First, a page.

As the founder and CEO at GB Advisors, Alexander helps organizations digitally transform successfully.
No matter what type of business we start, we all pursue the same vision: excellence. Often, this means spending time developing high-performing professionals — people who can become fundamental pillars in our organizations to obtain progress and better achievements.
To generate a strategy that allows us to achieve excellence, it’s important to evaluate the particular circumstances surrounding the various areas of a company, as they all have different needs. Perhaps one of the most misunderstood company functions is the one behind the scenes most of the time: programming.
Programmers are an indispensable element for any organization that develops digital platforms and/or computer tools (software). Their importance lies in the fact that programmers work as architects in a field that’s complex and often unknown to CEOs and business leaders due to its technical nature. Let’s talk about a few important strategies for developing programmers and how this can help them become high-performing players in any organization.
Good time management is a source of well-being, enthusiasm and positivity. Programmers, in particular, tend to stay at their computers processing information in a continuous stream — in many cases, to the point of forgetting whether it’s day or night, which has a negative effect on their cognitive and collaborative skills.
According to the results of a Sleep Research Society survey, insomnia is proven to have a negative direct effect on workers’ performance. This should make us realize that time management should be a discipline that’s always included in a programmer’s environment. Employees need to have predetermined time periods in which they work and ones in which they should rest, sleep, exercise and dedicate to personal hobbies.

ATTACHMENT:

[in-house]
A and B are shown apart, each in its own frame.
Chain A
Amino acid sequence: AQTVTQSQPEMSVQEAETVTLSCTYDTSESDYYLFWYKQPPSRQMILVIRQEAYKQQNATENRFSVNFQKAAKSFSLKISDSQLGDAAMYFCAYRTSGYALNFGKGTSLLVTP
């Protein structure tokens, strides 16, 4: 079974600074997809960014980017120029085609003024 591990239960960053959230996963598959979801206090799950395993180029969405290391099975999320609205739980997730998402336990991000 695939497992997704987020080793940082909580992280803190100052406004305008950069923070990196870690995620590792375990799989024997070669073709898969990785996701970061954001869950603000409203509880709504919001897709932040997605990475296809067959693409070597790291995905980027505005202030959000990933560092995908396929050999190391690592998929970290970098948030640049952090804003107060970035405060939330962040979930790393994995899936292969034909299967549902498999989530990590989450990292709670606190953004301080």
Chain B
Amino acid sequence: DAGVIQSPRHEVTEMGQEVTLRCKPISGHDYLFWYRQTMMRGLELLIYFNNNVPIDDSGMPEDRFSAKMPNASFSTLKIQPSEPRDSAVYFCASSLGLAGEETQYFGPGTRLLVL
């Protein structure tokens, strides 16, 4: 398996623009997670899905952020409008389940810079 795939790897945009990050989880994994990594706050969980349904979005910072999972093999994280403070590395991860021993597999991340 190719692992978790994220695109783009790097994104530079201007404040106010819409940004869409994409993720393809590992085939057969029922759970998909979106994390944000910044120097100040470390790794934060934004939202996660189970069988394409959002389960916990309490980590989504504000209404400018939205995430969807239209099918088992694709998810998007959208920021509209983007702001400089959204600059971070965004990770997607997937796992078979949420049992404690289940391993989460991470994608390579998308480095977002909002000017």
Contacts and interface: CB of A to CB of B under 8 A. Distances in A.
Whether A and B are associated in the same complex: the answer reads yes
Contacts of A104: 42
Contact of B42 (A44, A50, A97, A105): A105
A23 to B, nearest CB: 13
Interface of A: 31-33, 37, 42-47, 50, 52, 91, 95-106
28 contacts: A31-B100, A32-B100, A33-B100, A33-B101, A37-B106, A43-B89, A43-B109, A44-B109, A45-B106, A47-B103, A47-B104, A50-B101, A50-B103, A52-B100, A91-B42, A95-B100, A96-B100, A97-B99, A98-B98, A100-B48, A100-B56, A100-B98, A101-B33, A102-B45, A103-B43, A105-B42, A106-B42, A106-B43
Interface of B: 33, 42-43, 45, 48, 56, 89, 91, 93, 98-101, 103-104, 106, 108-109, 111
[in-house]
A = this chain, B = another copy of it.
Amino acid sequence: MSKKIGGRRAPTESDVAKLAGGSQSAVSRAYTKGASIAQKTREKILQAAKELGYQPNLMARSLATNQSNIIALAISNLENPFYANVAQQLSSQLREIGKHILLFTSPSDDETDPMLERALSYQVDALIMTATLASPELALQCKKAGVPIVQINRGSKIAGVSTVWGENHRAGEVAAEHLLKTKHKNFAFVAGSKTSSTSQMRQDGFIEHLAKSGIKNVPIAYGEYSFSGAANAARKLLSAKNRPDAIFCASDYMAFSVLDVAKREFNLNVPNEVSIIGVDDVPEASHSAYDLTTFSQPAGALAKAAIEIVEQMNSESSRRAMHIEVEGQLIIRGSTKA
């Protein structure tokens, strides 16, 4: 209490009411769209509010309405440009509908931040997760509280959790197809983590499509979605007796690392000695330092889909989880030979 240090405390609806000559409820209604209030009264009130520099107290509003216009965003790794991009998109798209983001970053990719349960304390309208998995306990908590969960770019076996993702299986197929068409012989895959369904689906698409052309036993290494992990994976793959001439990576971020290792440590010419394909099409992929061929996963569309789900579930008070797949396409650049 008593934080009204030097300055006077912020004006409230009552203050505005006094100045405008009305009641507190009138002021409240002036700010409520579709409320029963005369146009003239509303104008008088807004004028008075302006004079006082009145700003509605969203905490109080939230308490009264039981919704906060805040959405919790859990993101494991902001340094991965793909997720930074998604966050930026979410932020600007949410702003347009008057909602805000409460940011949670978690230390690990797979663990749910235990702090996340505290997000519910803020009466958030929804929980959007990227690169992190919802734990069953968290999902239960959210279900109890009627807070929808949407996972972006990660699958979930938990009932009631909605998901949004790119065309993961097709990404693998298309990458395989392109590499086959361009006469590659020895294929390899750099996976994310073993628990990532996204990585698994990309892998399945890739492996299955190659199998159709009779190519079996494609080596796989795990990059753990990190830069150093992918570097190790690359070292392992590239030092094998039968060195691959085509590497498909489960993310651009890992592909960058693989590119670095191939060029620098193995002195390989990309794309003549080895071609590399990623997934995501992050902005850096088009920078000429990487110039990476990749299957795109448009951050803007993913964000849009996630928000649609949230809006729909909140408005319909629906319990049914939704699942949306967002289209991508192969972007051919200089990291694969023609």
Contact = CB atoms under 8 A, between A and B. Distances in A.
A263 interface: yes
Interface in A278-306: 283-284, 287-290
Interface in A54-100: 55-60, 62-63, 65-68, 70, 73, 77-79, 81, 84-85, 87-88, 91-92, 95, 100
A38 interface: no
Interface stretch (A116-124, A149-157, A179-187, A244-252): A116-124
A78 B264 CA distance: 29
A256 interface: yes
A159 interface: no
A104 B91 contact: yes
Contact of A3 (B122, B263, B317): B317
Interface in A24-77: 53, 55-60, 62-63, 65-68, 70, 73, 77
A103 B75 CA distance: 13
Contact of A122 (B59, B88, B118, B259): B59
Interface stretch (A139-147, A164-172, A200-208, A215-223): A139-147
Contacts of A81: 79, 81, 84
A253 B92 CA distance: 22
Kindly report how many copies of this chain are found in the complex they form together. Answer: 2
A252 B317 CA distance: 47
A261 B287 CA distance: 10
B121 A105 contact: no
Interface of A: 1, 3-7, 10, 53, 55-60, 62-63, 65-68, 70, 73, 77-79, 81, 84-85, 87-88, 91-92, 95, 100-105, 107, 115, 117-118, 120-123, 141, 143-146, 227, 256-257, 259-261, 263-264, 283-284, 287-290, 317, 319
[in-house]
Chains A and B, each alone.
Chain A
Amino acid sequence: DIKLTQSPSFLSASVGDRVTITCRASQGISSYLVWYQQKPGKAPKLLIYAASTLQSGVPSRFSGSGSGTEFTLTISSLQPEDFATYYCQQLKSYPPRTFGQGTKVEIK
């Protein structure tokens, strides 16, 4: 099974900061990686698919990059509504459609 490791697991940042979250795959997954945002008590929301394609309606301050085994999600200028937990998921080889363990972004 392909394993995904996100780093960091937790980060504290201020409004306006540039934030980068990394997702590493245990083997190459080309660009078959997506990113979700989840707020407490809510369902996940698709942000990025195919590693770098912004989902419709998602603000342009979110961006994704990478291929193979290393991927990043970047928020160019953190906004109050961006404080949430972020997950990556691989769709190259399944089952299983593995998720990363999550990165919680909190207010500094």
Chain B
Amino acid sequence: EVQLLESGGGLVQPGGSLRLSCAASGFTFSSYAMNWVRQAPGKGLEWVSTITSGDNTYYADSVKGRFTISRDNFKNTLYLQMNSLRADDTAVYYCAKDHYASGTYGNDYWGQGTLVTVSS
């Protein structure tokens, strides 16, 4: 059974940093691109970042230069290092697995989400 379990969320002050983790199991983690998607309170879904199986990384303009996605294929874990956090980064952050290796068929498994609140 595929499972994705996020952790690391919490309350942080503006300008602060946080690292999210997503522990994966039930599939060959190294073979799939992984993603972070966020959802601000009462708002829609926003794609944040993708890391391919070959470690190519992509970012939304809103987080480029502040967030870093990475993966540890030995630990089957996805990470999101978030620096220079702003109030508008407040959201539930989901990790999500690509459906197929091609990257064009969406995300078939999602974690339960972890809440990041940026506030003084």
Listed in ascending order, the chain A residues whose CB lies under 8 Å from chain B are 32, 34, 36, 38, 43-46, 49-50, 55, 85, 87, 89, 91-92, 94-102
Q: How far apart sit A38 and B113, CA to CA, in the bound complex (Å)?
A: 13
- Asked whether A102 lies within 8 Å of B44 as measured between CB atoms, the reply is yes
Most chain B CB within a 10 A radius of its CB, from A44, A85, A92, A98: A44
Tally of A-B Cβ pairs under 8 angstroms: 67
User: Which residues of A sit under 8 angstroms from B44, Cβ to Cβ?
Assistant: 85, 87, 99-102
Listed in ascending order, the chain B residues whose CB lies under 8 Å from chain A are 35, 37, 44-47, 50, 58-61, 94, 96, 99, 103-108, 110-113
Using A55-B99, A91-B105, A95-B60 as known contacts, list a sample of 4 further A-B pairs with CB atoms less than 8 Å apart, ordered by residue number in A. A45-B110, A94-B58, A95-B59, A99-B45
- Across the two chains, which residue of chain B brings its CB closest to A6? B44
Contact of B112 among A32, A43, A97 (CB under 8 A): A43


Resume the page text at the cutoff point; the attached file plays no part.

Case Management And Ticketing Systems
We’re always surrounded by endless amounts of information that battle for our limited attention. This means that the best way to perform well is separating what needs to be done from what’s less important or not important at all.
A recommended activity to help programmers better understand what should be the focus of their attention is to use a ticketing system or an online tool for task assignments that allows them to visualize their progress in the various phases of a project. It helps to see how much time a project phase is expected to take, who’s responsible and the activities that surround such a project, which can increase teammates’ collaboration for better results. Better communication and a good collaboration network have an important role in the success of both individuals and organizations.
Programming is a craft that demands engaging in a constant learning process and experimentation. Good practices can be undermined by the wrong feedback or instruction.
Giving feedback goes beyond offering rigid and prescriptive edit requests. One of the things that can constitute a waste of time and ineffectiveness in organizations is having different stakeholders present conflicting opinions. In an area that’s already overloaded with information, this means that programmers would have difficulty understanding how to proceed.
Clear communication is the first step to offering feedback because no leader can offer efficient instructions while lacking clarity and the ability to ask open-ended questions. In addition, there are many available tools that can allow stakeholders to select one among different versions of deliverables to make it easier for programmers to receive cohesive direction. Detailed informative feedback and a focus on self-enhancement and skill development can help overcome many barriers.
In my experience, the key factors in fostering high-performing employees are balance, organization and equality. This means there’s a right time for everything, including rest, systemization and automation tools that free up burdens and allow collaboration and the opportunity to be heard and understood. These strategies can make a big difference between having a group of exhausted, underperforming programmers and a team of focused, rested and professional workers.